As a recovering perfectionist and someone with considerably more interests than I have time, I frequently find myself trying to do too much. This condition generally leads to high levels of stress and frustration, inadequate self-care, and emotional (and sometimes physical) meltdowns when allowed to continue for too long.
As I’ve gotten older, I’ve learned to catch this pattern sooner in the process so that I can avoid the more extreme effects that can come from doing too much for too long, but I find that frequent reminders of the importance of monitoring my energy levels and the size of my to-do list help to keep me on track with this. This week’s links are a set of posts about doing too much and have served as great reminders to me of how I do (and don’t) want to live my life.
The first link is from Shauna Niequest’s blog and is called My Drug & My Defense. This is a very insightful look at the ways that she uses being busy both as a numbing drug and as a defense for not being perfect. Not only can I see myself in her descriptions of the ways that she does this, I also resonate with her desire to drop these behaviors in order to live her life more fully. This post is a real inspiration for doing things differently.
The author of the One Hot Mess(age) blog has a fantastic post called How to create your own Perfect Storm: Expectations and Self-Care Revisited. She tells the story of a situation where extra high expectations and inadequate self-care combined to create a real crisis in her life. I can completely relate to this phenomenon having done it many, many times to myself, but the lighthearted way that she tells the story still had me laughing—even as I cringed in recognition. If you have any tendencies at all toward high expectations of yourself, this one is worth reading! Her analogy to the perfect storm has served me well in catching myself when I’m headed toward a similar storm.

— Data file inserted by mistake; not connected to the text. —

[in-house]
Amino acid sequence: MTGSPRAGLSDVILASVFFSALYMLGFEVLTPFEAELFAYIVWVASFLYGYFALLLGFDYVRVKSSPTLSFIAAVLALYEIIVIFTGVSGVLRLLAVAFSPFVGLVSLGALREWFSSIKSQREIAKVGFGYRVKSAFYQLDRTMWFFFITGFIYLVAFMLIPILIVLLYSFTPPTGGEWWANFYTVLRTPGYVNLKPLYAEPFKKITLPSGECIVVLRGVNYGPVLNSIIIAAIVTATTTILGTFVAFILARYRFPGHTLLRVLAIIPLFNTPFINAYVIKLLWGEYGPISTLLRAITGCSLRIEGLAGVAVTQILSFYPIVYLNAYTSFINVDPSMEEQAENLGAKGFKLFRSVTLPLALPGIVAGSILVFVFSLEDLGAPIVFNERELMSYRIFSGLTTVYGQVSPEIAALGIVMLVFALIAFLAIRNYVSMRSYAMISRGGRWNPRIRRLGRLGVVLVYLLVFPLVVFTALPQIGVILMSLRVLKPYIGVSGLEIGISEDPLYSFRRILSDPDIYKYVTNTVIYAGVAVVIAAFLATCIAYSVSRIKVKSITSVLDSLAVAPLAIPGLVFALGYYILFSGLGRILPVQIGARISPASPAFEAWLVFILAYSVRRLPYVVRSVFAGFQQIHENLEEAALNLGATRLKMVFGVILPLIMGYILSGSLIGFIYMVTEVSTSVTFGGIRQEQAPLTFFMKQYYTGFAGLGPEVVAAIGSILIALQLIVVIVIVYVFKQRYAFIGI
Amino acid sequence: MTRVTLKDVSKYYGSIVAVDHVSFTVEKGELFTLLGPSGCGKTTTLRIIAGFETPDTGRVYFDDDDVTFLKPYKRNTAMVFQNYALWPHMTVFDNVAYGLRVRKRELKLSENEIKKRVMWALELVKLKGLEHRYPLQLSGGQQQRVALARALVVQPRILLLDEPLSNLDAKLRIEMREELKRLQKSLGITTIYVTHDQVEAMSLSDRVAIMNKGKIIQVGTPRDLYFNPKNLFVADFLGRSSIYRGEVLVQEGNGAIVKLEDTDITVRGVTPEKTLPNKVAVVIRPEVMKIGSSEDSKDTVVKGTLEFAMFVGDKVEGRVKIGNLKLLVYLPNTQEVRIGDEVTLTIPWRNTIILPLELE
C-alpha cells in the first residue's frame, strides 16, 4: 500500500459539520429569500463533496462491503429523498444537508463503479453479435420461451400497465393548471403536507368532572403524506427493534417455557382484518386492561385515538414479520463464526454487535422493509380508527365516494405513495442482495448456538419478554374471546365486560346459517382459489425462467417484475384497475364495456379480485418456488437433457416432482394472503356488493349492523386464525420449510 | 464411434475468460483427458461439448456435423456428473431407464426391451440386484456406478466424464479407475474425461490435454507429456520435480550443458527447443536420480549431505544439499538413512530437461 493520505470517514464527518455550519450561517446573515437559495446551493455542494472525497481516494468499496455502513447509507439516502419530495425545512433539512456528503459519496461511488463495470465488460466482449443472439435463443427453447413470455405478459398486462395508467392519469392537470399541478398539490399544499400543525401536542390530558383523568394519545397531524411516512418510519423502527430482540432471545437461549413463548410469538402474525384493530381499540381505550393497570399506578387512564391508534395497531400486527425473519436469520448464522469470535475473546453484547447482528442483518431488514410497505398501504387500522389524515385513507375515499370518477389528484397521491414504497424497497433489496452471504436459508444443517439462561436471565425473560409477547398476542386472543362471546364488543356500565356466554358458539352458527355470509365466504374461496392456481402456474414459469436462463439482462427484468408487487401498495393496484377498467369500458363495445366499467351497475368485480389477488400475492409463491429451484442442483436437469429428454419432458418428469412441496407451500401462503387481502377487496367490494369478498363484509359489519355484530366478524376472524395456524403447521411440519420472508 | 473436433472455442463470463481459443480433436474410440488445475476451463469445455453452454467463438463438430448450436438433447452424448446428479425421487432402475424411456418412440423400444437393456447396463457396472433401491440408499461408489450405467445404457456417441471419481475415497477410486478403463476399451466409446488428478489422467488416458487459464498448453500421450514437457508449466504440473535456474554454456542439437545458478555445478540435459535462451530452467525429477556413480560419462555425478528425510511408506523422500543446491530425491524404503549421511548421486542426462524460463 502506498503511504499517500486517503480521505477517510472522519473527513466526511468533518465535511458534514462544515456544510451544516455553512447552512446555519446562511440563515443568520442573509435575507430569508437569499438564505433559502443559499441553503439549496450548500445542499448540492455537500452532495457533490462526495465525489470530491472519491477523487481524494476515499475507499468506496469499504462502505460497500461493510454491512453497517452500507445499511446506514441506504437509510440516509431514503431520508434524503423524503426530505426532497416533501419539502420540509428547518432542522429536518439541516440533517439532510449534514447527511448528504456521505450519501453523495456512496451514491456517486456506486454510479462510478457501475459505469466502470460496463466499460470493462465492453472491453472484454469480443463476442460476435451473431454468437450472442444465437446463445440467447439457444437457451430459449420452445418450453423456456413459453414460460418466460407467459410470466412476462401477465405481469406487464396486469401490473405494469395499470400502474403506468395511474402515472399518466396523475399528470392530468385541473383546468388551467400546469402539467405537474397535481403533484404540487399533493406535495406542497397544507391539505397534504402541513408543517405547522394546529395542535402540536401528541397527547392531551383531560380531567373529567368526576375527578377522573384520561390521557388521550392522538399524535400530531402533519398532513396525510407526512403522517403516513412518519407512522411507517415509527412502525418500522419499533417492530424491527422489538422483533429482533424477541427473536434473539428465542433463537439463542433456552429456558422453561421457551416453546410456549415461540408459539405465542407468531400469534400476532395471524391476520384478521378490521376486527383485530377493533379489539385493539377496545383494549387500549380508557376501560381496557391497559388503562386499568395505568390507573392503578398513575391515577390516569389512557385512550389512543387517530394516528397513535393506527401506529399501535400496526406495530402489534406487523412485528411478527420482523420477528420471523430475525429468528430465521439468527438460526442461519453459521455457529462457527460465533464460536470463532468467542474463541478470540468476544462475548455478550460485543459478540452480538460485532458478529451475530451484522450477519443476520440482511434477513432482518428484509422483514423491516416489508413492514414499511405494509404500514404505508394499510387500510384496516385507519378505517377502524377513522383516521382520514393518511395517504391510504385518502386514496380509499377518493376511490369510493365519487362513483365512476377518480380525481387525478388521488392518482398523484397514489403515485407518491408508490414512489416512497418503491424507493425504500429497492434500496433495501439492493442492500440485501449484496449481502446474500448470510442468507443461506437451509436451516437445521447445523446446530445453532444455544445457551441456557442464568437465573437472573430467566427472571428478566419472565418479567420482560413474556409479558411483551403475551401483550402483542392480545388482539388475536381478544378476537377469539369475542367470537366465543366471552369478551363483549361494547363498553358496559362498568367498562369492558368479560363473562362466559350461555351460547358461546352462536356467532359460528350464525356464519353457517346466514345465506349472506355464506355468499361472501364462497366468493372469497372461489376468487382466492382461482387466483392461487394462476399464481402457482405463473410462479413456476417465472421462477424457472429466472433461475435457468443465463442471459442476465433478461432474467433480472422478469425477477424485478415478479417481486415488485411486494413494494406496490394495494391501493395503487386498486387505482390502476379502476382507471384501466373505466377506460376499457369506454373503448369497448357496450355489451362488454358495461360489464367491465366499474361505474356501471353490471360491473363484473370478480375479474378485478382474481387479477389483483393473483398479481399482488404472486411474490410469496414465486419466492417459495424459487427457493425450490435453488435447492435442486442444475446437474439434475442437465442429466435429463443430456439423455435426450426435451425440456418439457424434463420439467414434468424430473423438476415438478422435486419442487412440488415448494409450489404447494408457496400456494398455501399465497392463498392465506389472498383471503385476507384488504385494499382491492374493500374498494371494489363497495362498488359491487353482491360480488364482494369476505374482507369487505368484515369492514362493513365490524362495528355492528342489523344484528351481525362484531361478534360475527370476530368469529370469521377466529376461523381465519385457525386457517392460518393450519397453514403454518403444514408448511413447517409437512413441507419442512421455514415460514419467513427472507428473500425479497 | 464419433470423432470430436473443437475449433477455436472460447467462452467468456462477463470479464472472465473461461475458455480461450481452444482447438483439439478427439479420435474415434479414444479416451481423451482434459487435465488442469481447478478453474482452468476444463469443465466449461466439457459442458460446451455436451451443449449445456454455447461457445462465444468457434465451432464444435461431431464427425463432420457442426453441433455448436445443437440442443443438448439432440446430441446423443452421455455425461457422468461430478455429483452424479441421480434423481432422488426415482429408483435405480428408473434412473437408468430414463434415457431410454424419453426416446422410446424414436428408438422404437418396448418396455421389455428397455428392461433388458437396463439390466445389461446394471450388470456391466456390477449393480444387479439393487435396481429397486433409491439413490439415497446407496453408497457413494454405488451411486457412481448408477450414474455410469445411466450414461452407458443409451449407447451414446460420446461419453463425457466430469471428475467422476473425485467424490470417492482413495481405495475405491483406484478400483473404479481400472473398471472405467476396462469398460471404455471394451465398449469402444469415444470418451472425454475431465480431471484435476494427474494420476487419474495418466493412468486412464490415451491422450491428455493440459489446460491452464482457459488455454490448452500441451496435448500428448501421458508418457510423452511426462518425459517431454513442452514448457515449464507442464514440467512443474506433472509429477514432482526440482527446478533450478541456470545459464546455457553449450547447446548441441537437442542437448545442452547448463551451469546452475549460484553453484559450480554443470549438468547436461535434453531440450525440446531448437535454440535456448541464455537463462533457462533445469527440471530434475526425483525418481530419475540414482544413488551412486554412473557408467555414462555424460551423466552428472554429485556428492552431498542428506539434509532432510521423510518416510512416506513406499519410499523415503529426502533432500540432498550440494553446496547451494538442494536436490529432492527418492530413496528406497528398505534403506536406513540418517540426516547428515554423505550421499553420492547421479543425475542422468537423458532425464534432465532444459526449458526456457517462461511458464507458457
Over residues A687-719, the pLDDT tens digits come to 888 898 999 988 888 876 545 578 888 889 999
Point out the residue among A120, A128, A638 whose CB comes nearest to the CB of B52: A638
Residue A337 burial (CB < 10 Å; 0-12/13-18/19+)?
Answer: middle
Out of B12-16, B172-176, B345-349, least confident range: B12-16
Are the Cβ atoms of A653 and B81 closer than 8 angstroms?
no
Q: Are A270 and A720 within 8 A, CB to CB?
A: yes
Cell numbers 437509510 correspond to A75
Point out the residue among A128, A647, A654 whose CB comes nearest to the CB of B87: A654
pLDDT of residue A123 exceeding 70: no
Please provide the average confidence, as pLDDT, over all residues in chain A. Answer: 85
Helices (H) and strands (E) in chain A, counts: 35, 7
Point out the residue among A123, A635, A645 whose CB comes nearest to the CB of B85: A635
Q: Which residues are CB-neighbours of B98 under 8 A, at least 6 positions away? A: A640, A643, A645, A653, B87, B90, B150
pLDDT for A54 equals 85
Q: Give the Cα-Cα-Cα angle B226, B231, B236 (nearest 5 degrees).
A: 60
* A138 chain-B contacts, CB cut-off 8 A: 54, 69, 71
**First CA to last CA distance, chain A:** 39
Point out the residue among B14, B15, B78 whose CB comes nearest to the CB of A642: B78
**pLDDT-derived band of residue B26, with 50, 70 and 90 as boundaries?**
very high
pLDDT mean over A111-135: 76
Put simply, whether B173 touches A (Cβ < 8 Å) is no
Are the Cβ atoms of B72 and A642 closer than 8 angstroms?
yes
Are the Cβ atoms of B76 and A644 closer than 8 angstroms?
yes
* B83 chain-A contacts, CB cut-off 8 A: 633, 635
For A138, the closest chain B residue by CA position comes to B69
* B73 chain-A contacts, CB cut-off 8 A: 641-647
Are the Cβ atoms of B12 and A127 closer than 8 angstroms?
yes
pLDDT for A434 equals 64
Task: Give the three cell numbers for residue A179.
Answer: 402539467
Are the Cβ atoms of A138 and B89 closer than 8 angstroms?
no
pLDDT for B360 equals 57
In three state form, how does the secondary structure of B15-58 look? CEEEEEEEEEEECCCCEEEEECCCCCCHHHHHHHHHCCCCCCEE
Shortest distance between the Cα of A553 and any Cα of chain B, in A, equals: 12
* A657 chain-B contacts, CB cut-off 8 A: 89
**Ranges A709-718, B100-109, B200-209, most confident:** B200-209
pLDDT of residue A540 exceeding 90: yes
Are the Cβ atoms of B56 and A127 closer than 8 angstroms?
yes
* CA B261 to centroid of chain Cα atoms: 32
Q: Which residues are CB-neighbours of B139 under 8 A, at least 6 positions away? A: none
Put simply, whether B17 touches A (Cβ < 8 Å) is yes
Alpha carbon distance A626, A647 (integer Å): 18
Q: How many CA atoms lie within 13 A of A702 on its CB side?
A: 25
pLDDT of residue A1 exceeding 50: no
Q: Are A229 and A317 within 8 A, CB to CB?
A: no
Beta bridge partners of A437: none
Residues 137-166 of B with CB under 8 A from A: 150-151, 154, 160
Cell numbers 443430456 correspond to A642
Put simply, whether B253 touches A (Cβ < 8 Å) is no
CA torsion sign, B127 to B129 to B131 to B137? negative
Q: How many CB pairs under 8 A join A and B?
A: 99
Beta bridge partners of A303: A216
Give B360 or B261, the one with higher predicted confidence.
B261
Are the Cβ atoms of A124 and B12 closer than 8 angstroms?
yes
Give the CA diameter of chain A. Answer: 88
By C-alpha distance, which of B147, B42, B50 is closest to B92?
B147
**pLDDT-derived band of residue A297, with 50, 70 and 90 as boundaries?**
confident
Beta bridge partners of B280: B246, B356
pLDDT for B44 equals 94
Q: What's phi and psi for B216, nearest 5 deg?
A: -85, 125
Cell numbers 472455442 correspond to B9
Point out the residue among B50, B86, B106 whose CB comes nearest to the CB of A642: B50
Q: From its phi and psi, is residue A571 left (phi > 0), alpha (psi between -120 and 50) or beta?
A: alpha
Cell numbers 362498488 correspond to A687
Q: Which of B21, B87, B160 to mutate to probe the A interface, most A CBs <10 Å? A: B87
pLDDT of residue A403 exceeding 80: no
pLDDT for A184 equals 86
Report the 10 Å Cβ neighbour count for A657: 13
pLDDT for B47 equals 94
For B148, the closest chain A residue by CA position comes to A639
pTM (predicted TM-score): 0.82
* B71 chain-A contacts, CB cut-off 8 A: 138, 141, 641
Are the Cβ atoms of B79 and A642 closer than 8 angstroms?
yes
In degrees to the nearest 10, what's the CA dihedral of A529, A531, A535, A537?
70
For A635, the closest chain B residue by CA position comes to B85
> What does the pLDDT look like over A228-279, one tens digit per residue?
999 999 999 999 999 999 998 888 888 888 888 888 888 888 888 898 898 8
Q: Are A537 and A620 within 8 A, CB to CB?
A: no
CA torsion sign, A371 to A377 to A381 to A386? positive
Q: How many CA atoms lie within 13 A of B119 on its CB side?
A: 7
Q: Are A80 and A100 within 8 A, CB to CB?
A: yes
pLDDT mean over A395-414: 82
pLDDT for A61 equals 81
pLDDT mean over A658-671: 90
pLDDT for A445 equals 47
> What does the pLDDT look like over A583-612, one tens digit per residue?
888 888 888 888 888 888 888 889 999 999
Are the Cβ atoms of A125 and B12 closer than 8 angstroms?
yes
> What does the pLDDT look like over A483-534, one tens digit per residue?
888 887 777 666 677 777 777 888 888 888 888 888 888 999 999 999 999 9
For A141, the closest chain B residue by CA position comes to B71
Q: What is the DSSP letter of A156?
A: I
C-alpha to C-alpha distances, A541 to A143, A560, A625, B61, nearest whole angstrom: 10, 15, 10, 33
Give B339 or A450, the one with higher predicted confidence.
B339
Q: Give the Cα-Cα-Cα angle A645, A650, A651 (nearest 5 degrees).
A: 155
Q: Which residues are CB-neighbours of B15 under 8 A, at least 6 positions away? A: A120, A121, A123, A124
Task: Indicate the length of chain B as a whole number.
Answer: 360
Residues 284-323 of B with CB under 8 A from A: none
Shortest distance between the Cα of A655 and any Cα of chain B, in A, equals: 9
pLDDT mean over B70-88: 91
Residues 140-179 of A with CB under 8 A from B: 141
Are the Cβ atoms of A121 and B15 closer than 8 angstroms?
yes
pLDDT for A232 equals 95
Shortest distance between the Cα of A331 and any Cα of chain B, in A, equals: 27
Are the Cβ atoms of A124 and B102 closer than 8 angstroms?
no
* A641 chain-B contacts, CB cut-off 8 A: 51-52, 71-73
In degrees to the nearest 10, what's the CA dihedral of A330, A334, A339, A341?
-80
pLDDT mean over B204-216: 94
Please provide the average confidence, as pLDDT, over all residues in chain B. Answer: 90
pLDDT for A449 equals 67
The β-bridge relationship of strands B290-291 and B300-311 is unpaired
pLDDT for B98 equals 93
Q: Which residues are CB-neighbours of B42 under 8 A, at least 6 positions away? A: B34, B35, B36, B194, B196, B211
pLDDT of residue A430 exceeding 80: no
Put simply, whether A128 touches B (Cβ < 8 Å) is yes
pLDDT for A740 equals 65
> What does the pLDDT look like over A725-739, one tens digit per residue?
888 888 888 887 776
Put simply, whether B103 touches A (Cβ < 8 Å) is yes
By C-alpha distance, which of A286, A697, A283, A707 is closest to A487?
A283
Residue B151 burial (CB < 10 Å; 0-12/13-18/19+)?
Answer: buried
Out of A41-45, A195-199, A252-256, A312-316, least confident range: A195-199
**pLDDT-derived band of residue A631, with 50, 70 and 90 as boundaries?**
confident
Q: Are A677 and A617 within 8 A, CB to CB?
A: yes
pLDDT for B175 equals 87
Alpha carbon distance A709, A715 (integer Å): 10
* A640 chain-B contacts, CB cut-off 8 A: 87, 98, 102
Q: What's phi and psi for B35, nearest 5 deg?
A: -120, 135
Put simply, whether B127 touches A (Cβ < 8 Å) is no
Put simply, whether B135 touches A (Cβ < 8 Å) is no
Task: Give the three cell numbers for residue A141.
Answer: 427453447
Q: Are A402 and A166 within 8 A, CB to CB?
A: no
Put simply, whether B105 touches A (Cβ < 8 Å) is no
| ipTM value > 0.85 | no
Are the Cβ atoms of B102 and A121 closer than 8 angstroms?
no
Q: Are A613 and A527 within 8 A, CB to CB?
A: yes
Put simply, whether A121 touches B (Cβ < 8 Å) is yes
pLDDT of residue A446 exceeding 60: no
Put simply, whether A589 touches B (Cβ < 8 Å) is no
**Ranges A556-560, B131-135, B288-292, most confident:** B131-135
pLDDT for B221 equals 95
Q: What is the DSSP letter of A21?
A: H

J. B. Wood of the Shrinking the Camel blog had a post called Attention Overachievers: You Have Permission to Let Go several months ago. This post takes a look at the prevalence of overachieving and pushing ourselves harder to do more and more in our culture. Nothing ever seems to be enough for us. I love the way this post gives the reader permission to do what is necessary for self-care. It gives explicit permission for all kinds of ways to let go and encourages us to give ourselves permission in whatever ways best meet our own personal needs. I find that I often need to explicitly give myself permission in just this way to let go of my extra high expectations.
And finally, from Seth Godin’s blog comes a post called The end of should. As with many of his posts, this short statement about letting go of the shoulds that drive us speaks more eloquently than many things I’ve read that have been much longer. As one who has a tendency to place way too many shoulds on myself, I love his final line: “Find your should and make it go away.” Most of the time when I am driving myself to do too much, there is a should at the root of the problem that just needs to go away.
How do you keep yourself from doing too much?
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